When we discuss the ‘question of technology’ at present, it is clearly as a ‘global’ problem and so it requires an international, global, or even an ‘extra-terrestrial’ solution. When we do admit that technology is originally a Western problem, mostly we do so with a sense of contrition, not with the sense that within our own inheritance lie the antidotes to our poisons.

          Heidegger’s “geistige nationalsocializmus”, which surely incorporated his critique of “Weltjudentum” as a species of ‘internationaliszmus’, was his public response to the ills of modernity. Even if he had recanted entirely, which he really did not, his response had a very different form to the one currently taught by his ‘defenders’. For one thing, what is their response to a people who would both suffer and deceive rather than concede that they are in the same boat as their neighbours? A people who hold firmly that THEIR collective fate is THE fate of humanity and not the opposite? Utter silence. Silence about the silence.

          I am not even getting into Heidegger’s turn to language and poetry, both of which he believed to be inherently untranslatable, and therefore not a ‘globalist’ solution of any sort, i.e. a sort of linguistic nationalism.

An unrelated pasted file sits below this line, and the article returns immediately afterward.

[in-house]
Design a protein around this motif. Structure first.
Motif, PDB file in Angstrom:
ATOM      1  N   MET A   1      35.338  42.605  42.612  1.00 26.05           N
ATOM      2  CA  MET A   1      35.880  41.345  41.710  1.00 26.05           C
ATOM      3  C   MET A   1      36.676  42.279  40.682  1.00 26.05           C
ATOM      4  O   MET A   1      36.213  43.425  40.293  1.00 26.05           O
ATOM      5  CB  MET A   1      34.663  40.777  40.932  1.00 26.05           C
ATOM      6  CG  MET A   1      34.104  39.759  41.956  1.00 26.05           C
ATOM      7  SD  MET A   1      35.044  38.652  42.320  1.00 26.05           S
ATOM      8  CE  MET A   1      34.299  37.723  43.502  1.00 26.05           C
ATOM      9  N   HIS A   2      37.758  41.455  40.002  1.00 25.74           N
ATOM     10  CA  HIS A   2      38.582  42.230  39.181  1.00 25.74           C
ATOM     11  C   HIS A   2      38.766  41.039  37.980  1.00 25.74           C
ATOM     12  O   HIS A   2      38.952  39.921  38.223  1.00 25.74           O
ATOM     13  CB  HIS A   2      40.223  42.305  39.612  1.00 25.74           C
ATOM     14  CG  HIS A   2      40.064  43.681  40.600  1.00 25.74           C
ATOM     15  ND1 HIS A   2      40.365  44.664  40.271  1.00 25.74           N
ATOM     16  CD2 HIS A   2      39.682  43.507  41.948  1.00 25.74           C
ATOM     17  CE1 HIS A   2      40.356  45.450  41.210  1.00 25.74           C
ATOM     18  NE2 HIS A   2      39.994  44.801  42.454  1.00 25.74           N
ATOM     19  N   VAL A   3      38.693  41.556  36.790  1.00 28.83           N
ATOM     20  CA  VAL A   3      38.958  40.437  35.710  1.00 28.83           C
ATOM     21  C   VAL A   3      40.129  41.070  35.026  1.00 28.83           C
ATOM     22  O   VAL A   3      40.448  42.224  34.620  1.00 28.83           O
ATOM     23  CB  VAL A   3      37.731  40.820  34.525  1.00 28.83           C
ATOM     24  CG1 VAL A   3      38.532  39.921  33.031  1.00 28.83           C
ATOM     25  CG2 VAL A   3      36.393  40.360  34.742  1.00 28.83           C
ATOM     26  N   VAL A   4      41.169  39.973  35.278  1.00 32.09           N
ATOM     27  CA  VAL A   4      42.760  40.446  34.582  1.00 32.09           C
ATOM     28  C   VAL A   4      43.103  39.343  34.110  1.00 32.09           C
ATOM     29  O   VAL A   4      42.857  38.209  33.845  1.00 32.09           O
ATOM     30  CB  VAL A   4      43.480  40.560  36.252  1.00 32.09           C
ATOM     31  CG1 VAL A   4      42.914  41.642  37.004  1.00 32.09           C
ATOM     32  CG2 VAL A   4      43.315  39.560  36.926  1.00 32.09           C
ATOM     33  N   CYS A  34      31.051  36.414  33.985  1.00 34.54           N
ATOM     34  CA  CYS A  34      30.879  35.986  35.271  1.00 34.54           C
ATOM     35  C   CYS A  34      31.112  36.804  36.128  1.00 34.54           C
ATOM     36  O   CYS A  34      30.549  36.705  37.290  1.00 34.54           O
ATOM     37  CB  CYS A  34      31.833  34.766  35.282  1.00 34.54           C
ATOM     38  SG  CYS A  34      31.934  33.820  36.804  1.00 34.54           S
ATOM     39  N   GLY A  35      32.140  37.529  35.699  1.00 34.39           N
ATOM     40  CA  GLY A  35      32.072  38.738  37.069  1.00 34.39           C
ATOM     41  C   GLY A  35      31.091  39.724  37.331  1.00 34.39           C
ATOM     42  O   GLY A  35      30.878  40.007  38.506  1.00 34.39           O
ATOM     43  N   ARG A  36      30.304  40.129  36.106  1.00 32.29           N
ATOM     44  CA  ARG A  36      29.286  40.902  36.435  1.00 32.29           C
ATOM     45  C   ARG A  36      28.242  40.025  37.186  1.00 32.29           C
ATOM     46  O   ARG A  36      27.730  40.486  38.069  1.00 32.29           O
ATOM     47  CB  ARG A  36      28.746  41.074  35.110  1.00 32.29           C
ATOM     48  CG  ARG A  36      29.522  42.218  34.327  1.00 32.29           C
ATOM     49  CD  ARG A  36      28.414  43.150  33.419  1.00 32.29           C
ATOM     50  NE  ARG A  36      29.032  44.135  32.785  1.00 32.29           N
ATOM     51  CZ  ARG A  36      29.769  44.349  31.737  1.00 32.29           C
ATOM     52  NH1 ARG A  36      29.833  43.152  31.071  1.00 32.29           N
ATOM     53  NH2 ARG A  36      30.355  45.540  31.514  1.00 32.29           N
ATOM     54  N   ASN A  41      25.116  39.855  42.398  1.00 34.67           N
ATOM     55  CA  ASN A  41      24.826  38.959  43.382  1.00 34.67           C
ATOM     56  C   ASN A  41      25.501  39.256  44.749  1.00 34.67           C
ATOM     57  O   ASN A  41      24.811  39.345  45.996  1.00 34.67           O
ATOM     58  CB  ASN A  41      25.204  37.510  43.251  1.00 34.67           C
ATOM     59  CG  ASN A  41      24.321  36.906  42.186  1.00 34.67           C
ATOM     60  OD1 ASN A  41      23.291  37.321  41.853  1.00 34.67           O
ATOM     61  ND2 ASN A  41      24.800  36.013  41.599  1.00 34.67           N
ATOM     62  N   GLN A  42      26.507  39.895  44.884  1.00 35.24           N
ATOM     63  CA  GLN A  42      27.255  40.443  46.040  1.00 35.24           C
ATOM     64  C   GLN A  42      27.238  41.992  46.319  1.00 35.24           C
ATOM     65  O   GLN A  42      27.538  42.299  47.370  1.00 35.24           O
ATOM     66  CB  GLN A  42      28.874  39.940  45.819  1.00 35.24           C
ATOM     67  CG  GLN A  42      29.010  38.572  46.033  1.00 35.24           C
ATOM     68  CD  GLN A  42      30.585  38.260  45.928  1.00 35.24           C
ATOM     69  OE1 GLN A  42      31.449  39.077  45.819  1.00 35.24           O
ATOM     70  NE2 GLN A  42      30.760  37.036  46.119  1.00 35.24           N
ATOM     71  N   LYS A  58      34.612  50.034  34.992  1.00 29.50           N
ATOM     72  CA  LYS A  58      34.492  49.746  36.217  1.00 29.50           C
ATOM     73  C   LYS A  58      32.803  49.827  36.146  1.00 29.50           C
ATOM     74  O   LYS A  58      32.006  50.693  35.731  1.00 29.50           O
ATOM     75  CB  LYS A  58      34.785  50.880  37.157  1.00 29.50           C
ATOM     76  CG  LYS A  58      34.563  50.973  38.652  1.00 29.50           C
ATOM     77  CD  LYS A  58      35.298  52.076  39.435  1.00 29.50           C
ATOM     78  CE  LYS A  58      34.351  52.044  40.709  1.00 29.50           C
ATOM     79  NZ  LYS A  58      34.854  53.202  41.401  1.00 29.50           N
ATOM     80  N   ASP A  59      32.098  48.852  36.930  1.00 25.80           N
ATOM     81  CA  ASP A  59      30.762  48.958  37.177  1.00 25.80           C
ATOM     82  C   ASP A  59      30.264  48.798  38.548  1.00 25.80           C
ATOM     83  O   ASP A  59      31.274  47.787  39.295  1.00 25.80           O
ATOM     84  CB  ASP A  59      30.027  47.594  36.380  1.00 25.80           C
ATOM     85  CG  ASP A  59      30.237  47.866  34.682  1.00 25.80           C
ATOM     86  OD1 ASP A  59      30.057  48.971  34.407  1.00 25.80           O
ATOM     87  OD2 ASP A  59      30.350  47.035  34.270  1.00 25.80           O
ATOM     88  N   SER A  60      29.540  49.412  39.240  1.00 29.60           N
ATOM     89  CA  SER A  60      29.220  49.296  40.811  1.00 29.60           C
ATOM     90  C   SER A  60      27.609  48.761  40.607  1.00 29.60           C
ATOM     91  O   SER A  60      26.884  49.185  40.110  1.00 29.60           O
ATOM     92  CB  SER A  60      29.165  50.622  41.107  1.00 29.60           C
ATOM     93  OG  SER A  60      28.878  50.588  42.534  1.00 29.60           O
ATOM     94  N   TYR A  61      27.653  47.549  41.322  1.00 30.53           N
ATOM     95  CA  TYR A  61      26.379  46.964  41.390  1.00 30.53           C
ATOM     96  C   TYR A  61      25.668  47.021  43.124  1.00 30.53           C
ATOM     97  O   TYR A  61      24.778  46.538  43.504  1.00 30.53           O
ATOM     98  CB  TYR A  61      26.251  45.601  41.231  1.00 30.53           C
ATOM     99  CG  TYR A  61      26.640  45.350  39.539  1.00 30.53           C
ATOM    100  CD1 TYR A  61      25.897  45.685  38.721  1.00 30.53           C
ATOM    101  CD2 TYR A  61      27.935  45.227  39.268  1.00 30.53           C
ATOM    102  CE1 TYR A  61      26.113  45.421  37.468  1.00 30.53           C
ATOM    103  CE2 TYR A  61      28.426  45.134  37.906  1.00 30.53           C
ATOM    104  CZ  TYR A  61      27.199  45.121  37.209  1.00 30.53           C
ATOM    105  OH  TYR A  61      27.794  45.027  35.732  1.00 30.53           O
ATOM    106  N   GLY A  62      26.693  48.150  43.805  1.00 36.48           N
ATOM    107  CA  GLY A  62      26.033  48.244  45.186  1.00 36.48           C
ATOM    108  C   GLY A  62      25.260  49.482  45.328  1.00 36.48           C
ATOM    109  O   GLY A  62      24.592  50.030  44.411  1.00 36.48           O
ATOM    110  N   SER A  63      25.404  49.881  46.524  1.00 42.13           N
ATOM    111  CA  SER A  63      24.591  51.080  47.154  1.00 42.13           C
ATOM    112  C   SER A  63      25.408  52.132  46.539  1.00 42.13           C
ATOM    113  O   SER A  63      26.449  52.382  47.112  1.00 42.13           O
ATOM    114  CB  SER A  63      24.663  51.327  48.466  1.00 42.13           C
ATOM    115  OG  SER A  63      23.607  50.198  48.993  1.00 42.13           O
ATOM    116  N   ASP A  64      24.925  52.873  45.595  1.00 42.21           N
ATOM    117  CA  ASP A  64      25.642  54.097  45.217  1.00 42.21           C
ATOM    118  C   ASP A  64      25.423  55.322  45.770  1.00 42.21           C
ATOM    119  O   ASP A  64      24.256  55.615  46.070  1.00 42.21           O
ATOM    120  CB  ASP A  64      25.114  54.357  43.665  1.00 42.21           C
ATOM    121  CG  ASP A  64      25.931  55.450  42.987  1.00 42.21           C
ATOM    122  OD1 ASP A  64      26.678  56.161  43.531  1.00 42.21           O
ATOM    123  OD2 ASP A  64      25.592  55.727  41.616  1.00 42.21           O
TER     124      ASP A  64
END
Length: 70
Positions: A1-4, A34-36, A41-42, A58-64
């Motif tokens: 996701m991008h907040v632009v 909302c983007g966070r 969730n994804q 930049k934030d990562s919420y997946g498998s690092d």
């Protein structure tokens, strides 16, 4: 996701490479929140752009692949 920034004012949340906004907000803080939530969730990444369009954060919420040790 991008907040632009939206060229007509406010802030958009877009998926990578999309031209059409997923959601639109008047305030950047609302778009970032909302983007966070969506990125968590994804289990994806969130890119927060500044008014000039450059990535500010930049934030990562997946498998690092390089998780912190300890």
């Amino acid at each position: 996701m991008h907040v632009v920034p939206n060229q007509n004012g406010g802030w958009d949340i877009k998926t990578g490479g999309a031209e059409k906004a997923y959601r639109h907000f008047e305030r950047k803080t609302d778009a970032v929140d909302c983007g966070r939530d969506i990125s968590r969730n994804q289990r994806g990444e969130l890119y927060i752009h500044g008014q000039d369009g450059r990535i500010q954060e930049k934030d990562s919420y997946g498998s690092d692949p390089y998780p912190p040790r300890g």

If there were only a ‘black mark’ against Heidegger’s name, this would be tolerable. In fact, there are miles of marginalia and caveats, all trying to qualify and contain Heidegger. It is an ‘industry’ in itself. Like Mr Johnson, I am against it.

  7. Vick
    Posted January 8, 2016 at 1:19 am | Permalink

    Very insightful and lucid review of this book. Thanks! I continue to be impressed by your understanding and ability to explain difficult Heideggerian terms like Ereignis and so on. You’ve always struck me as more of an expert on the Anglo/American philosophical tradition (the Greeks as well), but you do get Heidegger in a way that any Continental phil guy would have to respect.

    Just a thought, but I would happily pay to take an online course on Heidegger taught by you. Who knows, maybe there’d be some other takers?

    • Greg Johnson
      Posted January 15, 2016 at 1:20 pm | Permalink

      I find Anglo-American philosophy pretty empty stuff. I have always been more interested in Continental philosophy, German Idealism, and the classical tradition.

      The idea of an online course is interesting, but I just don’t have time for that. It is a pity that recordings of the Heidegger classes I taught in the past have been mostly lost.